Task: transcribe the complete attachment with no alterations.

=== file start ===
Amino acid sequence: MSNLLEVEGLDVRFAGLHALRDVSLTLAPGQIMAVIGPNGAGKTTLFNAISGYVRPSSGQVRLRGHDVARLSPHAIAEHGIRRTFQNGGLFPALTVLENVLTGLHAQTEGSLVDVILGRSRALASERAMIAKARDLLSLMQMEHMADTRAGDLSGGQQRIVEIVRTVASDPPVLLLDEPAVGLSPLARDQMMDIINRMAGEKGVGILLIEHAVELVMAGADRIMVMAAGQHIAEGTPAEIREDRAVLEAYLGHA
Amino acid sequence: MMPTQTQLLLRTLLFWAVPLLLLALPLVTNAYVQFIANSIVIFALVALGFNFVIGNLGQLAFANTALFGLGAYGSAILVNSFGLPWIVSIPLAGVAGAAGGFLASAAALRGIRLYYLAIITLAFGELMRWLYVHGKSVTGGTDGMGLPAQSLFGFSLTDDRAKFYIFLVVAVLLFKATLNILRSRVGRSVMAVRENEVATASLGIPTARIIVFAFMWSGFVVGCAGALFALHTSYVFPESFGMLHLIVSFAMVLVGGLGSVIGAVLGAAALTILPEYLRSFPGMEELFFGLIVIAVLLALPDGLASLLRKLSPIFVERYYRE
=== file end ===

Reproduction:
Amino acid sequence: MSNLLEVEGLDVRFAGLHALRDVSLTLAPGQIMAVIGPNGAGKTTLFNAISGYVRPSSGQVRLRGHDVARLSPHAIAEHGIRRTFQNGGLFPALTVLENVLTGLHAQTEGSLVDVILGRSRALASERAMIAKARDLLSLMQMEHMADTRAGDLSGGQQRIVEIVRTVASDPPVLLLDEPAVGLSPLARDQMMDIINRMAGEKGVGILLIEHAVELVMAGADRIMVMAAGQHIAEGTPAEIREDRAVLEAYLGHA
Amino acid sequence: MMPTQTQLLLRTLLFWAVPLLLLALPLVTNAYVQFIANSIVIFALVALGFNFVIGNLGQLAFANTALFGLGAYGSAILVNSFGLPWIVSIPLAGVAGAAGGFLASAAALRGIRLYYLAIITLAFGELMRWLYVHGKSVTGGTDGMGLPAQSLFGFSLTDDRAKFYIFLVVAVLLFKATLNILRSRVGRSVMAVRENEVATASLGIPTARIIVFAFMWSGFVVGCAGALFALHTSYVFPESFGMLHLIVSFAMVLVGGLGSVIGAVLGAAALTILPEYLRSFPGMEELFFGLIVIAVLLALPDGLASLLRKLSPIFVERYYRE